The juvenile bear was relocated to Ocala National Forest.
By Meredith Deliso
Tampa International Airport officials are accustomed to encountering wildlife on the airport’s property. However, this week they encountered a first.
A Florida black bear was spotted Tuesday afternoon by a Transportation Security Administration employee walking along the airport’s perimeter fence, the airport said.
The bear was seen on the north end of the airport property in the employee parking lot, Tampa International Airport Executive Vice President of Operations John Tiliacos said. Airport officials believe the bear made its way onto airport property after scaling a fence.
Local and state agencies set up a “robust perimeter” and a trap around the area in an attempt to capture the bear, according to Tiliacos. They also used infrared helicopter cameras to monitor the bear overnight, and Tampa police confirmed the bear slept inside the perimeter, the airport said.
After two unsuccessful attempts to tranquilize the bear, on Wednesday morning, it was “eventually lured into one of the traps and was safely captured unharmed,” Tiliacos told reporters during a press briefing.
Per state protocols, the Florida Fish and Wildlife Conservation Commission relocated the bear to Ocala National Forest in central Florida on Wednesday.
There were no disruptions to airport operations or any risks to airport employees, Tiliacos said.
“All’s well that ends well,” Tiliacos said.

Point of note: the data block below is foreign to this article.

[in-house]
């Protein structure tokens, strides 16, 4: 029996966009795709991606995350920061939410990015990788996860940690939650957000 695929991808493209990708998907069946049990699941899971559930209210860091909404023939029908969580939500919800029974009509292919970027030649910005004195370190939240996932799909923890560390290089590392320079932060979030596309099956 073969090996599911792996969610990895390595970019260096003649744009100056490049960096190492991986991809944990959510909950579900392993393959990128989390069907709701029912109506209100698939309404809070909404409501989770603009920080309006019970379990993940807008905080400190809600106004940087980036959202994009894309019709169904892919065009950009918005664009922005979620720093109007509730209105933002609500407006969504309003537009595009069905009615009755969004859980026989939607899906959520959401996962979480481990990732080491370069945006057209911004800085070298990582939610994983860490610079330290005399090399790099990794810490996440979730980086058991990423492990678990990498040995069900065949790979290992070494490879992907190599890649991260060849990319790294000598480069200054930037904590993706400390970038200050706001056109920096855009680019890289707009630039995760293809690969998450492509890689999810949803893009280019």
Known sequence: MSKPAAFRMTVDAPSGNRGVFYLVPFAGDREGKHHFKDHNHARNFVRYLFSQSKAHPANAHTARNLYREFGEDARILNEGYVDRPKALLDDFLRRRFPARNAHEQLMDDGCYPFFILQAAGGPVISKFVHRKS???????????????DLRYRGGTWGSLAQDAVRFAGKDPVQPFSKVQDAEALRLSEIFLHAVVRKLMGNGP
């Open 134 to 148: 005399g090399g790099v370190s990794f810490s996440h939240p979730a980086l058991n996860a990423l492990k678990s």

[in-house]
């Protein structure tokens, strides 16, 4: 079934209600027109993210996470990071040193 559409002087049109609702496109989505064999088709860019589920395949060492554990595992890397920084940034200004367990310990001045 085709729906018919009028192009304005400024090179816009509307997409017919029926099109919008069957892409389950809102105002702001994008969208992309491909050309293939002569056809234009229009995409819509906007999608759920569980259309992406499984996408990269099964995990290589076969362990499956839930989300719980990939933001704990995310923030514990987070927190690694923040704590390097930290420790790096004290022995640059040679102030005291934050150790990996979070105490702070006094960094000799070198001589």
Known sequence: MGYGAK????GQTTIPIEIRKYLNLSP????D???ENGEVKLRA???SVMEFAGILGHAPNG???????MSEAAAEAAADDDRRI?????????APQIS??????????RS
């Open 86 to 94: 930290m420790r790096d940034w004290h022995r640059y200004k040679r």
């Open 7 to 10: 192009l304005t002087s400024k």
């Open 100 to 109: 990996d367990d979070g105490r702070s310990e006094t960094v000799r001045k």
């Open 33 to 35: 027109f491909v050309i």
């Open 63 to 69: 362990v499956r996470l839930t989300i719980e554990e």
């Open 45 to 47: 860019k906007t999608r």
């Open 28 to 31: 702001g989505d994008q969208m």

The incident marks the first time in the airport’s more than 50-year history that a bear came onto its property, according to Tiliacos.
“Wildlife is not something that’s foreign to us,” said Tiliacos, who noted that the airport has a wildlife biologist on staff and is accustomed to animals including birds, coyotes and gopher tortoises.
Florida Fish and Wildlife Conservation Commission staff have been monitoring bear sightings in Tampa for the past several weeks, and the juvenile bear captured on Wednesday is believed to be the same one that was reported in the Carrollwood area of Tampa in May, the agency said.
“During this time of year, bears are more active, with spring marking a return to activity for bears after limited movements in winter,” the Florida Fish and Wildlife Conservation Commission said in a statement.
As juvenile bears — those ages 1 1/2 to 2 1/2 — also start to leave their mothers’ home ranges in the spring and summer, they “may be seen in unexpected areas as they travel in search of a new location to settle down,” the wildlife agency said.
“Typically, these bears will move along on their own,” the agency said. “If you see a bear, give it space, don’t try to approach it, and never feed it.”